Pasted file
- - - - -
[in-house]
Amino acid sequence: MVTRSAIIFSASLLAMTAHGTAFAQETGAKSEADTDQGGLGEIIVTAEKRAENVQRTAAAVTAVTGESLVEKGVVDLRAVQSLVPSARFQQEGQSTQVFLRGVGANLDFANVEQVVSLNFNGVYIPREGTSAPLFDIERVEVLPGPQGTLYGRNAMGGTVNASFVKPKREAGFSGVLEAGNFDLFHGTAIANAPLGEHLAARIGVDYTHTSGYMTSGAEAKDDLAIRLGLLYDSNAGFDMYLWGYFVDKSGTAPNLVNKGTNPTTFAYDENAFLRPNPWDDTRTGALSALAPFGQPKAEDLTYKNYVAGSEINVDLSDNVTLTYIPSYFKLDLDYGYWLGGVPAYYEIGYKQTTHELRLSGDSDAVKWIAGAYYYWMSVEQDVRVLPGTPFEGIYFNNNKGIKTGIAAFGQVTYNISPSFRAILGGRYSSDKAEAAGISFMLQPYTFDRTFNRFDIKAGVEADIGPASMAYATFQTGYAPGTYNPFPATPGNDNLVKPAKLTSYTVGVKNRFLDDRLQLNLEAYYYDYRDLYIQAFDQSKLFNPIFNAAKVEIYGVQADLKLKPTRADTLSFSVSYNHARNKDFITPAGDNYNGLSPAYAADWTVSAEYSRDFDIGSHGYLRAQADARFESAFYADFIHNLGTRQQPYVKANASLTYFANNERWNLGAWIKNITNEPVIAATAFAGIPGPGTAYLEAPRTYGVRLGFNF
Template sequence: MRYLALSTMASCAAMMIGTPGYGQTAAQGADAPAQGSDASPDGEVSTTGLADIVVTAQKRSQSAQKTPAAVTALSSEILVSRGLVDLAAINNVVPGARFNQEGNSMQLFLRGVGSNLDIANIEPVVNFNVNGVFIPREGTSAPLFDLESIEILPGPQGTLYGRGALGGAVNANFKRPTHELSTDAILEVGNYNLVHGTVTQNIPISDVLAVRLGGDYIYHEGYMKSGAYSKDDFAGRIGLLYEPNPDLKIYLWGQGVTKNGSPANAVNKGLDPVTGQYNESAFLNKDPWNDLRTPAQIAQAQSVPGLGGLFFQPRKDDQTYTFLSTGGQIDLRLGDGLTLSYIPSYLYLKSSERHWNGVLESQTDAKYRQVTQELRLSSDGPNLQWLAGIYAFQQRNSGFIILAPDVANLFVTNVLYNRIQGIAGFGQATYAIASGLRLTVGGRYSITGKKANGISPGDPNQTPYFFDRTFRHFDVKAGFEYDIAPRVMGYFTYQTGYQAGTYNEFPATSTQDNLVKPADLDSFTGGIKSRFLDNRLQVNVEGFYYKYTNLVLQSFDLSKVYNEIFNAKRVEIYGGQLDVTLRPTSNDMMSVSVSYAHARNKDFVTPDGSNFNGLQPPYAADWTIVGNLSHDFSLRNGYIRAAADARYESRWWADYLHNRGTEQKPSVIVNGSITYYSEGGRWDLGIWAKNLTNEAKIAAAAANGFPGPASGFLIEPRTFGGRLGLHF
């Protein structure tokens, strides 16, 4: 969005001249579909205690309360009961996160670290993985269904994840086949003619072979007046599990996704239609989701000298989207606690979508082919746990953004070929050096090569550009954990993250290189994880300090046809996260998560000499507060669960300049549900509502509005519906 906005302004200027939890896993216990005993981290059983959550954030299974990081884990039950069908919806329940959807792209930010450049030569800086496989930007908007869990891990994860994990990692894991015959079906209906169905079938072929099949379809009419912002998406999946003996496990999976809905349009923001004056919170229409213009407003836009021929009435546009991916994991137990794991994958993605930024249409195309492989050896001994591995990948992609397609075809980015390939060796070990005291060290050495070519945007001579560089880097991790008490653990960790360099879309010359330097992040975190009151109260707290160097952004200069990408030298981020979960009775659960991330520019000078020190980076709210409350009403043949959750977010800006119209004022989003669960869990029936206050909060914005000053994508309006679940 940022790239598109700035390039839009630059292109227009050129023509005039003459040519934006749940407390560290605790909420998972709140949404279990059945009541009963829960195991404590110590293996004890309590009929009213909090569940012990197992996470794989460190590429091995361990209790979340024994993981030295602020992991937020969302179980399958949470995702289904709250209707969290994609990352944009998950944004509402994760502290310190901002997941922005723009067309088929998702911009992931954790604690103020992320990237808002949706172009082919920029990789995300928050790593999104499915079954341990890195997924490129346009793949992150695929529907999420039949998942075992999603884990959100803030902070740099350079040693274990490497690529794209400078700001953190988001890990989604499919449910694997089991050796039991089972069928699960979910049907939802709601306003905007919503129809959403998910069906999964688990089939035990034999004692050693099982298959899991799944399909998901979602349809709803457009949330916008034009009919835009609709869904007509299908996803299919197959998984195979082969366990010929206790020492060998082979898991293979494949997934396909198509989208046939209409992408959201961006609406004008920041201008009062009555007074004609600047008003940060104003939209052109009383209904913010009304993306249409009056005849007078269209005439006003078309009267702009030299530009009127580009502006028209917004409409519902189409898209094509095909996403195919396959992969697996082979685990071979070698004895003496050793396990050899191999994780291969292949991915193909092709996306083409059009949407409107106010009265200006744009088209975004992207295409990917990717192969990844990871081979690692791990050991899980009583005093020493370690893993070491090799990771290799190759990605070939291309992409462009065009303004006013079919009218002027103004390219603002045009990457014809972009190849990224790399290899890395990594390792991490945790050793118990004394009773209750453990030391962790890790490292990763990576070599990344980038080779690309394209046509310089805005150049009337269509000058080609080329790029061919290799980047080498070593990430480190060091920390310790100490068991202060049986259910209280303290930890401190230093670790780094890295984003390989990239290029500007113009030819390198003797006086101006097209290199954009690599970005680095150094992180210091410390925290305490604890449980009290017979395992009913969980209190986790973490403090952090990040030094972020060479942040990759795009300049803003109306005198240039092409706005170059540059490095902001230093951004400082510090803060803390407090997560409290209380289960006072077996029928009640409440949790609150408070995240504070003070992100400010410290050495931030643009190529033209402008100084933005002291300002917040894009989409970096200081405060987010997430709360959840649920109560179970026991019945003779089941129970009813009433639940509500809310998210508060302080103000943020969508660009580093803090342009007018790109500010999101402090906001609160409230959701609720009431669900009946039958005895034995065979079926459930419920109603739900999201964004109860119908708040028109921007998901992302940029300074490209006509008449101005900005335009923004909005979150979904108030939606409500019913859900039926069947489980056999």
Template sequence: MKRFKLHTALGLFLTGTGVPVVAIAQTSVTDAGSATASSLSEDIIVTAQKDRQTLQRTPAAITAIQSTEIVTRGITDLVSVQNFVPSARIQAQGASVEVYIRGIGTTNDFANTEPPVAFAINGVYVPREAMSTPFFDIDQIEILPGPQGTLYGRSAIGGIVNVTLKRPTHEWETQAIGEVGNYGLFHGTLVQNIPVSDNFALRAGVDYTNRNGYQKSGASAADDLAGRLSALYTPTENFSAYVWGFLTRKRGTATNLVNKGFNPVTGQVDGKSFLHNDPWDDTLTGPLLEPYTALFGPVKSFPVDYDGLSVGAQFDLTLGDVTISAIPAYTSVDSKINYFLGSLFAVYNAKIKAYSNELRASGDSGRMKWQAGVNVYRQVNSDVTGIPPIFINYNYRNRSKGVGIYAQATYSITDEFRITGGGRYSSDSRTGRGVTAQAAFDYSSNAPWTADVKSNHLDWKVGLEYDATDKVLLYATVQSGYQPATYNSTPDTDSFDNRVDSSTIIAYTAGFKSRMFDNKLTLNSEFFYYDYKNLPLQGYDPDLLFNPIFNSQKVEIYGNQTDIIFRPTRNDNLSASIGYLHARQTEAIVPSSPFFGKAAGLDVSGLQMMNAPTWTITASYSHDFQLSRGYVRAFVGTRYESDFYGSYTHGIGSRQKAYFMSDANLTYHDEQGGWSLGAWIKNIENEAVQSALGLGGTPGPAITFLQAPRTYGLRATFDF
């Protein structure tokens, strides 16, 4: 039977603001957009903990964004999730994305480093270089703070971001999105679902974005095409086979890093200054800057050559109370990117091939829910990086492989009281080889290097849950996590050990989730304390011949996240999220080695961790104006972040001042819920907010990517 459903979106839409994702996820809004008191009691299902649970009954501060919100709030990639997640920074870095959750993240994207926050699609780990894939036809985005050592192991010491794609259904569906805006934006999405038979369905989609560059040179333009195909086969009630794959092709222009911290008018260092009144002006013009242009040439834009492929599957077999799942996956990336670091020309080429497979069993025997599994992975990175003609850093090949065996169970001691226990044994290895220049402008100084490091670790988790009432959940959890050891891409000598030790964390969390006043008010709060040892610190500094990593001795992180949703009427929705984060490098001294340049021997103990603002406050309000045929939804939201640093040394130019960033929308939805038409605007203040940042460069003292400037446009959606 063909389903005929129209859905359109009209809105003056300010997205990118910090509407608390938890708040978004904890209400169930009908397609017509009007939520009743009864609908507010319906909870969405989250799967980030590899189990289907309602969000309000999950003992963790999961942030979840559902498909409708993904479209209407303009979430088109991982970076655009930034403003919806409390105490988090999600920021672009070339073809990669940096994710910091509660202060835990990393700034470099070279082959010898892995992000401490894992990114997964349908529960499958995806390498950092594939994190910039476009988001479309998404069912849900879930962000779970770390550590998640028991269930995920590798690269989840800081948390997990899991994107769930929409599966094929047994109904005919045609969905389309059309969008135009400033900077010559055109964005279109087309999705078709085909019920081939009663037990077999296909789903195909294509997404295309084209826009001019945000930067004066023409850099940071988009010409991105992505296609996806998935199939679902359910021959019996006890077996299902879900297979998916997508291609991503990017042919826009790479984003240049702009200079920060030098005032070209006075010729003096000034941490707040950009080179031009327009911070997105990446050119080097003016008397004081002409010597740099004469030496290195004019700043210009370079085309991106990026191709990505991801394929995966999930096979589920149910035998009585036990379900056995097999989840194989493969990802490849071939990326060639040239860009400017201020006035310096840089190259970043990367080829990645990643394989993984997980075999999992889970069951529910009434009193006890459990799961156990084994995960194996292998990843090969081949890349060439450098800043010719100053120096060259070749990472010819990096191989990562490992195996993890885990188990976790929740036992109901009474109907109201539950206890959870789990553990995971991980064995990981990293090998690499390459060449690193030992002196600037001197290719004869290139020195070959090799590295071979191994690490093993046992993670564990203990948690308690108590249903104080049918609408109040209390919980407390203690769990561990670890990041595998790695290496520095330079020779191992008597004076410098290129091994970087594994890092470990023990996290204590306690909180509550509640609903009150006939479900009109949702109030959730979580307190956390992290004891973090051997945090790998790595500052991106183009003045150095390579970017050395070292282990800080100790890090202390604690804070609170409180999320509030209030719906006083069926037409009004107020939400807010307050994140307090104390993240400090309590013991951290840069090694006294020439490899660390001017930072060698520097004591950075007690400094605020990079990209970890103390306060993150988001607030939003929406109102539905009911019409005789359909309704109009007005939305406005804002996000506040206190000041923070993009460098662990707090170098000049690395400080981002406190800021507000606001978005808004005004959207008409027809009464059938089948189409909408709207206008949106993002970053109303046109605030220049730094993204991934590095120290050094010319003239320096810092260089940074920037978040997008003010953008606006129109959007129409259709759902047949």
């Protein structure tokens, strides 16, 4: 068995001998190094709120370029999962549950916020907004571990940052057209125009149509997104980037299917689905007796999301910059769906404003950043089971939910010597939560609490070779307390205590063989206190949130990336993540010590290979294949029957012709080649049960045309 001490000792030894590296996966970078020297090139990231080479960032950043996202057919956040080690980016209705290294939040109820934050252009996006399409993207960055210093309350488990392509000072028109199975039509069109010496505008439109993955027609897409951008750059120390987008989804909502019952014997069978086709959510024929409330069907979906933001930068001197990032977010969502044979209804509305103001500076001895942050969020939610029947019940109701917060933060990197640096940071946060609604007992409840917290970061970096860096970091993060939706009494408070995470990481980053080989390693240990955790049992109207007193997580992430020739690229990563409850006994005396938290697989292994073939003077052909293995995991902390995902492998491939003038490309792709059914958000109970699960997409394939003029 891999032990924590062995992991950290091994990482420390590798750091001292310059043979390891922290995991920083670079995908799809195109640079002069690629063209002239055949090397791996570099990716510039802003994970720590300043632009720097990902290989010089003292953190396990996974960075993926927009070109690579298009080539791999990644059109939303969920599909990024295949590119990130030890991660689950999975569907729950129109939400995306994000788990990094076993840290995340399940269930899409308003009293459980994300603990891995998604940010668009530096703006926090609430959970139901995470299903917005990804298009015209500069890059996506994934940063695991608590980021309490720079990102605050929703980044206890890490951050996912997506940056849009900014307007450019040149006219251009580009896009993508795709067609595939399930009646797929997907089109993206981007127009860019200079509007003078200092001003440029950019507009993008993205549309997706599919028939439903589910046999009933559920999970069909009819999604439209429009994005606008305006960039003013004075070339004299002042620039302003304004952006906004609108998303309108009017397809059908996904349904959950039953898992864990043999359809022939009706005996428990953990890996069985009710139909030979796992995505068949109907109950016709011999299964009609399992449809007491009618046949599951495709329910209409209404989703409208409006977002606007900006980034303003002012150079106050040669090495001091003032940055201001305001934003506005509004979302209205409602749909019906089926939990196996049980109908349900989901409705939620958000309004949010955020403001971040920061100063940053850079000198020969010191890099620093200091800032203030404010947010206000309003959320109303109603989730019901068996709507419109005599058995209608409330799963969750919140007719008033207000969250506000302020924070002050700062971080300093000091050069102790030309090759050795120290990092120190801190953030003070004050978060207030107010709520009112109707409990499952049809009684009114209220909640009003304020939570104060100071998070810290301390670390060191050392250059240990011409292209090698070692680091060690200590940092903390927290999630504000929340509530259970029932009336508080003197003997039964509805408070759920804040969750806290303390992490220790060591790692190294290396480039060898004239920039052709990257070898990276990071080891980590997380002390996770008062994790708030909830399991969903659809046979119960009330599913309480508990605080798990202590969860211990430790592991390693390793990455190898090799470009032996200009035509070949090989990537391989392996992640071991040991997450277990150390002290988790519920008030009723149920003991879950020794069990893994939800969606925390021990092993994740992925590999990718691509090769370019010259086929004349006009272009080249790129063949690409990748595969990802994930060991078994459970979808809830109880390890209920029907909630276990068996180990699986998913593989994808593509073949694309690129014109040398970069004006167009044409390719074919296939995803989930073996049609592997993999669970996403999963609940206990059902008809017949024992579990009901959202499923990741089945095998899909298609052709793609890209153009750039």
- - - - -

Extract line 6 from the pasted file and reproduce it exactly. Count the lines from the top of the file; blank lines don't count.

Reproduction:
């Protein structure tokens, strides 16, 4: 039977603001957009903990964004999730994305480093270089703070971001999105679902974005095409086979890093200054800057050559109370990117091939829910990086492989009281080889290097849950996590050990989730304390011949996240999220080695961790104006972040001042819920907010990517 459903979106839409994702996820809004008191009691299902649970009954501060919100709030990639997640920074870095959750993240994207926050699609780990894939036809985005050592192991010491794609259904569906805006934006999405038979369905989609560059040179333009195909086969009630794959092709222009911290008018260092009144002006013009242009040439834009492929599957077999799942996956990336670091020309080429497979069993025997599994992975990175003609850093090949065996169970001691226990044994290895220049402008100084490091670790988790009432959940959890050891891409000598030790964390969390006043008010709060040892610190500094990593001795992180949703009427929705984060490098001294340049021997103990603002406050309000045929939804939201640093040394130019960033929308939805038409605007203040940042460069003292400037446009959606 063909389903005929129209859905359109009209809105003056300010997205990118910090509407608390938890708040978004904890209400169930009908397609017509009007939520009743009864609908507010319906909870969405989250799967980030590899189990289907309602969000309000999950003992963790999961942030979840559902498909409708993904479209209407303009979430088109991982970076655009930034403003919806409390105490988090999600920021672009070339073809990669940096994710910091509660202060835990990393700034470099070279082959010898892995992000401490894992990114997964349908529960499958995806390498950092594939994190910039476009988001479309998404069912849900879930962000779970770390550590998640028991269930995920590798690269989840800081948390997990899991994107769930929409599966094929047994109904005919045609969905389309059309969008135009400033900077010559055109964005279109087309999705078709085909019920081939009663037990077999296909789903195909294509997404295309084209826009001019945000930067004066023409850099940071988009010409991105992505296609996806998935199939679902359910021959019996006890077996299902879900297979998916997508291609991503990017042919826009790479984003240049702009200079920060030098005032070209006075010729003096000034941490707040950009080179031009327009911070997105990446050119080097003016008397004081002409010597740099004469030496290195004019700043210009370079085309991106990026191709990505991801394929995966999930096979589920149910035998009585036990379900056995097999989840194989493969990802490849071939990326060639040239860009400017201020006035310096840089190259970043990367080829990645990643394989993984997980075999999992889970069951529910009434009193006890459990799961156990084994995960194996292998990843090969081949890349060439450098800043010719100053120096060259070749990472010819990096191989990562490992195996993890885990188990976790929740036992109901009474109907109201539950206890959870789990553990995971991980064995990981990293090998690499390459060449690193030992002196600037001197290719004869290139020195070959090799590295071979191994690490093993046992993670564990203990948690308690108590249903104080049918609408109040209390919980407390203690769990561990670890990041595998790695290496520095330079020779191992008597004076410098290129091994970087594994890092470990023990996290204590306690909180509550509640609903009150006939479900009109949702109030959730979580307190956390992290004891973090051997945090790998790595500052991106183009003045150095390579970017050395070292282990800080100790890090202390604690804070609170409180999320509030209030719906006083069926037409009004107020939400807010307050994140307090104390993240400090309590013991951290840069090694006294020439490899660390001017930072060698520097004591950075007690400094605020990079990209970890103390306060993150988001607030939003929406109102539905009911019409005789359909309704109009007005939305406005804002996000506040206190000041923070993009460098662990707090170098000049690395400080981002406190800021507000606001978005808004005004959207008409027809009464059938089948189409909408709207206008949106993002970053109303046109605030220049730094993204991934590095120290050094010319003239320096810092260089940074920037978040997008003010953008606006129109959007129409259709759902047949």